Suboxone can be a good exit strategy if the pain medications start to force life out of control. Pain medications are not meant to cause a downward spiral. The goal of using pain medications is to regain enough control over pain to become more active. Unfortunately, pain medication use can sometimes do just the opposite of improving function; sometimes someone can lose control and function by using chemicals. Chemical dependency then becomes a larger problem than chronic pain as chemical dependency slips towards addiction. Chemical addiction can destroy marriages, friendships, and careers. Recently, the manufacturers of Suboxone launched a new program called Here To Help: Supporting You Through Treatment. Their motto for the program is: "Self Encouragement Starts Here".
Taking the leap to Suboxone treatment can be frightening. Staying with the Suboxone treatment program can get discouraging. The Here to Help Program connects people with physicians and "Care Coaches" while providing some tools to get things started and keep people motivated. This program site provides testimonials and answers questions about expectations. Most importantly, users of this program can learn how to re-balance life through feelings, thoughts, behaviors, physical health, and relationships.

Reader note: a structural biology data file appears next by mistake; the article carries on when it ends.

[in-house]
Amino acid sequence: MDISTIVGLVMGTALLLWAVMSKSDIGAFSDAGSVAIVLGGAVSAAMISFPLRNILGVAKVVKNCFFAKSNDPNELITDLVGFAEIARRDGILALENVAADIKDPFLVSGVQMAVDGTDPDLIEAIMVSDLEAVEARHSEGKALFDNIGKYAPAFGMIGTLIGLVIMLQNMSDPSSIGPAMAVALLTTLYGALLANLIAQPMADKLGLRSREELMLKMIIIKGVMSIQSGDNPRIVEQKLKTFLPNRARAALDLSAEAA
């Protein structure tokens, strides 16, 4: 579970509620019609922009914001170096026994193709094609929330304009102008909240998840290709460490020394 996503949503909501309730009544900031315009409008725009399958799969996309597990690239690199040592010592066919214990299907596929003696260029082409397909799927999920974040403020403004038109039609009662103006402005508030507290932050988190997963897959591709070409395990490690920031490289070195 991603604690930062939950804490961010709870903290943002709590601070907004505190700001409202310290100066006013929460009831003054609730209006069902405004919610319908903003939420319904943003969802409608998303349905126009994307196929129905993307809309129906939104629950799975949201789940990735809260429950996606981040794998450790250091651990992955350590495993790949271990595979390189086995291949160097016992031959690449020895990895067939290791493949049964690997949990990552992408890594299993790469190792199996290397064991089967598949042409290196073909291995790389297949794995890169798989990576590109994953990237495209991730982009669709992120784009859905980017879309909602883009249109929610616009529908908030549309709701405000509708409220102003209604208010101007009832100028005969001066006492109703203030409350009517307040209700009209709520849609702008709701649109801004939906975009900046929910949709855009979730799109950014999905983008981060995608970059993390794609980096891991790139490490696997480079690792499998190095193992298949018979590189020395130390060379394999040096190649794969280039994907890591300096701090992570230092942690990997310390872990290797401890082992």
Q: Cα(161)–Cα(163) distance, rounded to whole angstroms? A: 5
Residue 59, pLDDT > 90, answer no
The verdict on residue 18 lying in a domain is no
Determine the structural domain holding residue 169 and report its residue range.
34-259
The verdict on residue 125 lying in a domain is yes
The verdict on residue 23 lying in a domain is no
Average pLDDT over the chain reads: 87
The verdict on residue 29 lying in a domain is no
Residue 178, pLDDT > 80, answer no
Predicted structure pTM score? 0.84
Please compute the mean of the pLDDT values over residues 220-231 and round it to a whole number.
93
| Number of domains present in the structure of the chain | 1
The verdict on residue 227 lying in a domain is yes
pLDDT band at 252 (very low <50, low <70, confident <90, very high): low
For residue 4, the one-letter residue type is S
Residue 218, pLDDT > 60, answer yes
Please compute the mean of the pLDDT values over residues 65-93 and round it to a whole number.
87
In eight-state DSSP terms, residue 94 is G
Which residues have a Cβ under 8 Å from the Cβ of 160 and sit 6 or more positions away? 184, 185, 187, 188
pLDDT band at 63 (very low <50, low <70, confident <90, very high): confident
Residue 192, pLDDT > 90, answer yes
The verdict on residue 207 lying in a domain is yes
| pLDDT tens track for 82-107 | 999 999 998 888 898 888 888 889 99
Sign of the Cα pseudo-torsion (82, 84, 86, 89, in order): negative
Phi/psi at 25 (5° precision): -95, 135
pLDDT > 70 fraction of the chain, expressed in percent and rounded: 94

The goal for Suboxone treatment is to help someone release the strangling grip that chemicals can have on his/her life. Not everyone who takes pain medications for treating chronic or acute pain loses control and becomes addicted. But like it or not, the major risk of treating chronic pain with opioid pain medications is the slippery slope of chemical dependency and addiction. People who are slipping should know that there are those that are Here to Help. (1-866-973-Here)
Just two days after this program launched, I received my first phone call from a "Care Coach" connecting me to someone who needs help: a twenty-year-old mother of three who takes 30 Norco's per day. I am happy to help her. With the right motivation and support, she has a great chance to turn over a new leaf. Thanks to the Here to Help program.